Hugh Keays-Byrne as Immortan Joe in Mad Max: Fury Road
Hugh Keays-Byrne as Immortan Joe in “Mad Max: Fury Road”.
Image credit: Warner Bros. Pictures

Since his leading role as Mad Max by the then-little-known Mel Gibson in 1979, 1981 and 1985 and with Tina Turner joining the franchise in 1985, 2015’s version can be explained like this: “An evil warlord controls a pocket of desert people who never shower. The rest of Earth is too expensive to film, so it’s easier to say they’re just all dead.”

Wait, there is more. “All the while, a guy named Bane – sorry, I mean Mad Max again – takes a chapter from ‘The Dark Knight Rises’ and has the same voice and tortured upbringing. Max bumps into a desert renegade who lost her hand and we don’t know how and we don’t care. She’s pissed too – like everyone is because apparently no one takes Xanax or Zoloft – and her reason for being isn’t to tell us how she lost her hand but to liberate a bunch of desert babes (including Zoë Kravitz, Abbey Lee, Courtney Eaton, Riley Keough and the already preggers Rosie Huntington-Whiteley) who aren’t nearly as ugly as everyone else. Why? Because she’s perturbed that our villain just wants to use them to make his babies.”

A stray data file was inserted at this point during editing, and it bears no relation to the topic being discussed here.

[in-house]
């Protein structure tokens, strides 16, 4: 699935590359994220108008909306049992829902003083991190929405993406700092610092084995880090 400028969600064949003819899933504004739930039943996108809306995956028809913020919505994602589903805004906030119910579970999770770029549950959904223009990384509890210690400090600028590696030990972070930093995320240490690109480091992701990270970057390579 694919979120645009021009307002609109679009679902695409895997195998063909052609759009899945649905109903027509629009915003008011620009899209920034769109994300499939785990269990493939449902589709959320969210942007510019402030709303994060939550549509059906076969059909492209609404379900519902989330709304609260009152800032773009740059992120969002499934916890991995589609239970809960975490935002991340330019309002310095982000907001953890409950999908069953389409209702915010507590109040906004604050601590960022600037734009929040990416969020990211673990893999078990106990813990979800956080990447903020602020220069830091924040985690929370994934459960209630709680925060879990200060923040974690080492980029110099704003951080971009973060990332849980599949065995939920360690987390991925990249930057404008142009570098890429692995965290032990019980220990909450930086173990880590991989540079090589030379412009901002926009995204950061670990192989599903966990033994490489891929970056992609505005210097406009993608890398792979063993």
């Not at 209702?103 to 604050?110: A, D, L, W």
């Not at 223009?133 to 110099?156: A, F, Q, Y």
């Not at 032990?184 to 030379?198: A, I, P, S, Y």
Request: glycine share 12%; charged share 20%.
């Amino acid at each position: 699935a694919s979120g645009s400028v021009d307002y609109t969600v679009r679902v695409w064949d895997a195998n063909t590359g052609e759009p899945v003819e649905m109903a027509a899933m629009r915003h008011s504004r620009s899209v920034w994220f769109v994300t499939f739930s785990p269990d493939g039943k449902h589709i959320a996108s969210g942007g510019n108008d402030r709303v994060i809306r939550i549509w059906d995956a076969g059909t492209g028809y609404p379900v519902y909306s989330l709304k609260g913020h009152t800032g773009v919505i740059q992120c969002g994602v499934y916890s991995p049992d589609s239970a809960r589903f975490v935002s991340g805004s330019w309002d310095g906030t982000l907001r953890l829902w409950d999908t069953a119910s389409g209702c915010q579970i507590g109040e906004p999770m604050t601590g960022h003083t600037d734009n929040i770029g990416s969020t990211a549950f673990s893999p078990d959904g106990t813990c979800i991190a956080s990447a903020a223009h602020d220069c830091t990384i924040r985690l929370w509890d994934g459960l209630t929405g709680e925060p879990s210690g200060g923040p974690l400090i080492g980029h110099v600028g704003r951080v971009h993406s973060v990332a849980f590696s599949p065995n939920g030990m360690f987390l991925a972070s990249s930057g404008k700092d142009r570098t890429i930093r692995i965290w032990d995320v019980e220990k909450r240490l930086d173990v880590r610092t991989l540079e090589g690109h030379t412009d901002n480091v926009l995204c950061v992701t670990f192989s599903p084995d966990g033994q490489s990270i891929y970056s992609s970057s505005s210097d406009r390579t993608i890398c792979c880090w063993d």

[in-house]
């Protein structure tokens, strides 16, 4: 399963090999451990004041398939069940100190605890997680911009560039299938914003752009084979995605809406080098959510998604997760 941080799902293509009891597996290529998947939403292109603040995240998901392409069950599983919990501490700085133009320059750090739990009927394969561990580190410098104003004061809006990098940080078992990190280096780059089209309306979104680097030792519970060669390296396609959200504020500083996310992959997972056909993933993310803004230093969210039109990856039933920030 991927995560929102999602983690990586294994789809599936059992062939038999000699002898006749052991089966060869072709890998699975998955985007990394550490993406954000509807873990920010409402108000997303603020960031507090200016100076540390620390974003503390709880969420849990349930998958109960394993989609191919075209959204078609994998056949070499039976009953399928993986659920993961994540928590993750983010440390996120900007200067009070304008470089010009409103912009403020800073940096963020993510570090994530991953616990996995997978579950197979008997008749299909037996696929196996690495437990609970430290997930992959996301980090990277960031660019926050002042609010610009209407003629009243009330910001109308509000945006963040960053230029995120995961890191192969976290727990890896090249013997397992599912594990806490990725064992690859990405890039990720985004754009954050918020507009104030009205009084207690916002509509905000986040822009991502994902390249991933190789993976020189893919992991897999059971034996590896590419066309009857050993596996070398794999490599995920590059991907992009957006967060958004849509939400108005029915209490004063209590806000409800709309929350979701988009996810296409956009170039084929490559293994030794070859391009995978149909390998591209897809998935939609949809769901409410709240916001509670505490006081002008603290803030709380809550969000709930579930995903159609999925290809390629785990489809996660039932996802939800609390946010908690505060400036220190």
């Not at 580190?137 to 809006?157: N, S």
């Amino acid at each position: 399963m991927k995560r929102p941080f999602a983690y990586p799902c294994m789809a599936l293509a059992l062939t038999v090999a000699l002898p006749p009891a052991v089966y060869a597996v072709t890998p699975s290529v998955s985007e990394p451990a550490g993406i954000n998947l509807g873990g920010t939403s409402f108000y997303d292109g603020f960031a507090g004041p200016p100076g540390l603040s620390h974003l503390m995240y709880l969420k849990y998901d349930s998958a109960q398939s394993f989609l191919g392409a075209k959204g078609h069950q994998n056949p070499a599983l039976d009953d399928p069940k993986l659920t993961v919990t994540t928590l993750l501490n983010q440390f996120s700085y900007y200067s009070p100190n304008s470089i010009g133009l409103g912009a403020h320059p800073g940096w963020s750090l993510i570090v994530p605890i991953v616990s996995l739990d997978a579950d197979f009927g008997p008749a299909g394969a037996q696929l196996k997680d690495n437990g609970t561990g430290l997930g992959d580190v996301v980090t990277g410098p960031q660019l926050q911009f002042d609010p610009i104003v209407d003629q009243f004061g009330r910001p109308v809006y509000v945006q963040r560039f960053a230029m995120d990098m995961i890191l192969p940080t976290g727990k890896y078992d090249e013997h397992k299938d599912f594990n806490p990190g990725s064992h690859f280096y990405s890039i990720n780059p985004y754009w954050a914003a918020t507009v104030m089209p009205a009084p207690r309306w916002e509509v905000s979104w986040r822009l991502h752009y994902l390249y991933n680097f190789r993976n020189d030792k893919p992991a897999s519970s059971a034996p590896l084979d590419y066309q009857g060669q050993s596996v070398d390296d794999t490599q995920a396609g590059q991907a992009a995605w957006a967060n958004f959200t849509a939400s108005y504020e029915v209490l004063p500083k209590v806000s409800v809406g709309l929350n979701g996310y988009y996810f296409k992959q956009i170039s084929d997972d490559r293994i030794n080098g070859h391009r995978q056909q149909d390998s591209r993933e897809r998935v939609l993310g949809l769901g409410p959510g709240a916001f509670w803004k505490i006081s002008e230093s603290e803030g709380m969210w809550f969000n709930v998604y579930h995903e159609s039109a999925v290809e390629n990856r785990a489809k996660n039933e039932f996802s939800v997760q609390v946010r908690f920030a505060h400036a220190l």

So yeah, this isn’t an Oscar-winning script from George Miller, Brendan McCarthy and Nick Lathouris. It has taken 30 years for George Miller to return to his “Mad Max” roots, but thankfully he’s back and better than ever. While his stints with the animated animals “Babe: Pig in the City” (1998), “Happy Feet” (2006) and “Happy Feet Two” (2011) were certainly cute, this is the epitome of how to have fun at a movie and this is what a reboot should really be.

“Mad Max: Fury Road” stars Tom Hardy, Charlize Theron, Nicholas Hoult, Hugh Keays-Byrne, Zoë Kravitz, Rosie Huntington-Whiteley, Riley Keough, Abbey Lee, Courtney Eaton, Nathan Jones and Josh Helman from writer and director George Miller and writers Brendan McCarthy and Nick Lathouris. The film is rated “R” for intense sequences of violence throughout and for disturbing images. It has a running time of 120 minutes and opened on May 15, 2015. publisher Adam Fendelman


© 2015 Adam Fendelman, LLC